20 years sought in strangling case

By SCOTT NORTH

Herald Writer

Snohomish County prosecutors plan today to seek nearly two decades in prison for a young Darrington man who attempted in April to strangle a Marysville girl in her home.

Jeffrey Todd White’s crimes are "off the end of the depravity scale" and deserve the maximum punishment allowed under state sentencing guidelines, deputy prosecutor Mark Roe said in court papers filed Wednesday.

White, 20, earlier this year pleaded guilty to one count of attempted second-degree murder and one count of first-degree burglary in connection with the attack on the girl, 14.

The girl told police she awoke to find White in her room and then was choked unconscious. The attack ended only after her brother, 17, heard thumping noises coming from her room, went to investigate and fought with the assailant.

White finally ran away after the girl’s father fired a warning shot from his handgun.

White has five felony convictions, including assault, robbery and burglary, both as an adult and a juvenile.

He invaded his victims’ home and "forever obliterated" their sense of security, Roe wrote.

"It’s bad to try to kill someone for any reason. It’s worse to try to kill someone for virtually no reason. It’s even worse than that to try to kill a child, no matter where you try it. It’s worse yet to try to kill her in her own home, bedroom and bed. It’s worse still when you broke into her house in the first place to steal, rape or God knows what else," the prosecutor added.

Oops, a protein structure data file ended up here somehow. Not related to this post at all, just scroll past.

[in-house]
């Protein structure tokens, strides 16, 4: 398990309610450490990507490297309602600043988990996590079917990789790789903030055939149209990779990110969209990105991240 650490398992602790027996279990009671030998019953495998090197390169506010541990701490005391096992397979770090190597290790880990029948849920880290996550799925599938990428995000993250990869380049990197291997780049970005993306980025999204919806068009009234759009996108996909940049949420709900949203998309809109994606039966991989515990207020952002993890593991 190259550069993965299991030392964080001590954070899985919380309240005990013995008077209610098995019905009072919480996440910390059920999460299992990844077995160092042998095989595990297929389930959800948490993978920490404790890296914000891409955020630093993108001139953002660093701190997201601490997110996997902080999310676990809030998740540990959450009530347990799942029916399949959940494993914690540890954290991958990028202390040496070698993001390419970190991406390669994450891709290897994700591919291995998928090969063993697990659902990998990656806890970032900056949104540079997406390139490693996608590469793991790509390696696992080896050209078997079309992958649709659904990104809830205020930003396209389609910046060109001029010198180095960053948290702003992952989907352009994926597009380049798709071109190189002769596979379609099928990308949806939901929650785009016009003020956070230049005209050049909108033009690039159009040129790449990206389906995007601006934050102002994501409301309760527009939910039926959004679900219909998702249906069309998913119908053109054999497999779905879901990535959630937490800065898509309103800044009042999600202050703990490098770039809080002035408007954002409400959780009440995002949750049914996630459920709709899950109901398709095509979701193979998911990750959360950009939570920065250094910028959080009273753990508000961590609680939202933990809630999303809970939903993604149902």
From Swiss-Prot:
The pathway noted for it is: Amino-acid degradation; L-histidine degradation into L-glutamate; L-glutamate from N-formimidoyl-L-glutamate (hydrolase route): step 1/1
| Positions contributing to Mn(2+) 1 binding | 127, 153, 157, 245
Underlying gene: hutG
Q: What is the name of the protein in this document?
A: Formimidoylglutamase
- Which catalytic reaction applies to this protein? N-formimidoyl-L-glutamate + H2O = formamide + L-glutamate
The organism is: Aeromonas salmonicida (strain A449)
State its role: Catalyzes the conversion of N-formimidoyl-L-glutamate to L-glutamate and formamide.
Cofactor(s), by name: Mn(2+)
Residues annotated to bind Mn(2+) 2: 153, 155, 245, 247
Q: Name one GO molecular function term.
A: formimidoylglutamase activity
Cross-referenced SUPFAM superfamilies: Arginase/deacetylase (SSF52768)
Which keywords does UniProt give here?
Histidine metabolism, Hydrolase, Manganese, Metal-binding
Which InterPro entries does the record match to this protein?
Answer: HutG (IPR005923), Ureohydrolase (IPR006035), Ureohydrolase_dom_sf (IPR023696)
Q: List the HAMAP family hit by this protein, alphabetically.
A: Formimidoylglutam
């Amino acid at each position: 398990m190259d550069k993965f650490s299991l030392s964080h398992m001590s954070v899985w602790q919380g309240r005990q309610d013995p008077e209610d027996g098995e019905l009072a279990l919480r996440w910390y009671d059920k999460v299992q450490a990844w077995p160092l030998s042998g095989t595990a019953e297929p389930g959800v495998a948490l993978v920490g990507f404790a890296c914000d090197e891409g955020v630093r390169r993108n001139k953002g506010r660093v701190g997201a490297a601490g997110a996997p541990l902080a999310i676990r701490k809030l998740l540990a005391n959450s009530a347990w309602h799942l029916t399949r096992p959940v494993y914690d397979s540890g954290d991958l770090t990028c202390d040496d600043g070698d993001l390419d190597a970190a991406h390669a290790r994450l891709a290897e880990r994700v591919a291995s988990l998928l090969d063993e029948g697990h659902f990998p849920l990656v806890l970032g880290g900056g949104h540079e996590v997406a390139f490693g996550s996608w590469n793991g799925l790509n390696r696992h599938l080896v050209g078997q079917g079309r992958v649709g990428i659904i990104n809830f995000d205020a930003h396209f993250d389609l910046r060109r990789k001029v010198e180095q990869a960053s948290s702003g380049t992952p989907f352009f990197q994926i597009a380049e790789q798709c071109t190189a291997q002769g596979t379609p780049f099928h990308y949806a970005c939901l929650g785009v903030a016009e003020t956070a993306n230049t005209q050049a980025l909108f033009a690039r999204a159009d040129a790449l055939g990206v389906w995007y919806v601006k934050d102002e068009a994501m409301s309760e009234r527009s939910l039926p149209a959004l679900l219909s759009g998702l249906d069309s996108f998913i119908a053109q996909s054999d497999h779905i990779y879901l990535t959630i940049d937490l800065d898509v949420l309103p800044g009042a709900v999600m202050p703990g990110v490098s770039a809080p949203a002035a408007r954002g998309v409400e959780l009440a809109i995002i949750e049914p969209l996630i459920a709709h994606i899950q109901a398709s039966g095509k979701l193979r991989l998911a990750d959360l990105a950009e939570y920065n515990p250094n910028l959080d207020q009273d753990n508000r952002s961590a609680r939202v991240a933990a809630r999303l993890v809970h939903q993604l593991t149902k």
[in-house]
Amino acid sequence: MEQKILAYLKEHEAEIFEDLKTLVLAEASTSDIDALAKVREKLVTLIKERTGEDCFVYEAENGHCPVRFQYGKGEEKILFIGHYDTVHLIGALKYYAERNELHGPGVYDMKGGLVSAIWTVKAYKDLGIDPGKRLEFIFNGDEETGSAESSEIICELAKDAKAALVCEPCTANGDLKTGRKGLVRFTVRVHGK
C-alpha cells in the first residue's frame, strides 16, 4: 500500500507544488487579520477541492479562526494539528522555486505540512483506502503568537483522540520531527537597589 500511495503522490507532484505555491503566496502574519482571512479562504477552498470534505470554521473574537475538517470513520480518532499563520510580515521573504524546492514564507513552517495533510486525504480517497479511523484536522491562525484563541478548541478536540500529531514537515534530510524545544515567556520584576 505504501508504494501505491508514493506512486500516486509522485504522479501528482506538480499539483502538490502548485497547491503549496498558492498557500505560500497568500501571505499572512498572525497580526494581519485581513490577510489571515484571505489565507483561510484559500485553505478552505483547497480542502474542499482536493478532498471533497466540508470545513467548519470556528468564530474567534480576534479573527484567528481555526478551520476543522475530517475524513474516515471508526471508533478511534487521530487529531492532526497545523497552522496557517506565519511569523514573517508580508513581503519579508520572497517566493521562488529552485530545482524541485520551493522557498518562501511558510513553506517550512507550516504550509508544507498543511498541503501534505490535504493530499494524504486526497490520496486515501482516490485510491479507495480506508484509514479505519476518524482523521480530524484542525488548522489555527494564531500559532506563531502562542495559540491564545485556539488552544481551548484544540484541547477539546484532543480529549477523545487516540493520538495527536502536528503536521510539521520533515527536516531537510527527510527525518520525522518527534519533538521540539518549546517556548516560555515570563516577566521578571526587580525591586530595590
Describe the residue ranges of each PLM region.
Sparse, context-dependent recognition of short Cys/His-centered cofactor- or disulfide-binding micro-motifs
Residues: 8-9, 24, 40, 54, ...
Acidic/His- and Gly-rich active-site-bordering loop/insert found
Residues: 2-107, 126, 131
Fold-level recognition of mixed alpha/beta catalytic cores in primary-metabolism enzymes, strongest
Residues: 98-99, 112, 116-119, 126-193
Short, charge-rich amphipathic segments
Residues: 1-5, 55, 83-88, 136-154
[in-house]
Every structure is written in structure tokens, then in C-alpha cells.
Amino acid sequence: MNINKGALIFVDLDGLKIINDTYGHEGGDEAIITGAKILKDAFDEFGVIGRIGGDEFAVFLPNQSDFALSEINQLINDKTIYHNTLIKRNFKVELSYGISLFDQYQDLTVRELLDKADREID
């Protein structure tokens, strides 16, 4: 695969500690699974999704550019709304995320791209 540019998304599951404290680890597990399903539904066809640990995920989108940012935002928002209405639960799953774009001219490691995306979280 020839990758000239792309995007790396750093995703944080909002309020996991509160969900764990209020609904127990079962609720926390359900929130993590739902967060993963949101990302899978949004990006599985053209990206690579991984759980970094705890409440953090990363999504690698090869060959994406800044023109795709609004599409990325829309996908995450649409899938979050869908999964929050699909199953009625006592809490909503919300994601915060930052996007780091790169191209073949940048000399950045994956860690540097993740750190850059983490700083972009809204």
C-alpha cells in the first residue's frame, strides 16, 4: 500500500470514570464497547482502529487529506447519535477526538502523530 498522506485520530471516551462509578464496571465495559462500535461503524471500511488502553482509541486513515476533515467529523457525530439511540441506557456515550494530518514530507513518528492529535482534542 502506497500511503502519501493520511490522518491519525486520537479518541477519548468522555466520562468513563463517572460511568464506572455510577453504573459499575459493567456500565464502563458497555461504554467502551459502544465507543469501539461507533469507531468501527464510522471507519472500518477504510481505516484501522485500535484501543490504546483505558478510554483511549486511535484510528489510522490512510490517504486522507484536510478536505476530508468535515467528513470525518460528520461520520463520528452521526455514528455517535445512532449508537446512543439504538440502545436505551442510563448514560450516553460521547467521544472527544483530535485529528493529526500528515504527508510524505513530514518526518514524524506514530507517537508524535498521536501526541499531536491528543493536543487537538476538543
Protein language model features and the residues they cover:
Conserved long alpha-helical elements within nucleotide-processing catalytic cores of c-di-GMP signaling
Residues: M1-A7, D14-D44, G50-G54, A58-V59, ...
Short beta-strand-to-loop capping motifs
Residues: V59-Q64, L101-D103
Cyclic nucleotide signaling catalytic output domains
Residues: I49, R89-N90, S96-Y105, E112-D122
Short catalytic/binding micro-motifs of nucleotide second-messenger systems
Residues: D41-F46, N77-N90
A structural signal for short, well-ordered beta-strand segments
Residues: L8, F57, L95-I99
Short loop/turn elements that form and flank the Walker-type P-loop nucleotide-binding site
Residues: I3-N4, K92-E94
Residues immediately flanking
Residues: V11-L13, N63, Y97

Under the plea, White openly admitted to burglary and choking the girl. At the same time, he entered a so-called Alford plea to the attempted murder charge, maintaining he does not believe he committed the offense but conceding he would probably have been convicted at trial. An Alford plea has the same effect as a guilty plea.

White’s public defender, Neal Friedman, earlier said his client entered the pleas in part to avoid a longer sentence of 25 years behind bars if, as was possible, a jury had found him guilty of the more serious offense of attempted first-degree murder.

He’s filed court papers questioning whether all of White’s prior convictions should be factored into his sentence.

Prosecutors maintain White’s criminal history mandates a prison term of somewhere between 13 years to a few months shy of 20 years behind bars.

Sentencing is scheduled this afternoon before Superior Court Judge Richard Thorpe.

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